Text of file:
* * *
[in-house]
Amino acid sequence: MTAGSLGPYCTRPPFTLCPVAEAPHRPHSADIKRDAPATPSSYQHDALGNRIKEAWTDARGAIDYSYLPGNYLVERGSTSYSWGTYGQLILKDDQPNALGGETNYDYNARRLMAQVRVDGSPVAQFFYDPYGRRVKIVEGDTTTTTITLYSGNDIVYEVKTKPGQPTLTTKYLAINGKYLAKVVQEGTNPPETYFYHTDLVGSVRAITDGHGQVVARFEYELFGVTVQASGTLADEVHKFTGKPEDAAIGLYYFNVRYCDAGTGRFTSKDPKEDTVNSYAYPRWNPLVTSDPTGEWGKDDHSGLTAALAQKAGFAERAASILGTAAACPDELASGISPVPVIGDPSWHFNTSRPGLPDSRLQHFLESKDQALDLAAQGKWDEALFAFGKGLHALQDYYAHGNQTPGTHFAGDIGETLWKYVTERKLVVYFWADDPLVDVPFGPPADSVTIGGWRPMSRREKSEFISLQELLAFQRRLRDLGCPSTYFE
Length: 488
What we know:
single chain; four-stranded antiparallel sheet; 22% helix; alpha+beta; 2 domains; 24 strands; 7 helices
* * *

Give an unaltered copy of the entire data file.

[in-house]
Amino acid sequence: MTAGSLGPYCTRPPFTLCPVAEAPHRPHSADIKRDAPATPSSYQHDALGNRIKEAWTDARGAIDYSYLPGNYLVERGSTSYSWGTYGQLILKDDQPNALGGETNYDYNARRLMAQVRVDGSPVAQFFYDPYGRRVKIVEGDTTTTTITLYSGNDIVYEVKTKPGQPTLTTKYLAINGKYLAKVVQEGTNPPETYFYHTDLVGSVRAITDGHGQVVARFEYELFGVTVQASGTLADEVHKFTGKPEDAAIGLYYFNVRYCDAGTGRFTSKDPKEDTVNSYAYPRWNPLVTSDPTGEWGKDDHSGLTAALAQKAGFAERAASILGTAAACPDELASGISPVPVIGDPSWHFNTSRPGLPDSRLQHFLESKDQALDLAAQGKWDEALFAFGKGLHALQDYYAHGNQTPGTHFAGDIGETLWKYVTERKLVVYFWADDPLVDVPFGPPADSVTIGGWRPMSRREKSEFISLQELLAFQRRLRDLGCPSTYFE
Length: 488
What we know:
single chain; four-stranded antiparallel sheet; 22% helix; alpha+beta; 2 domains; 24 strands; 7 helices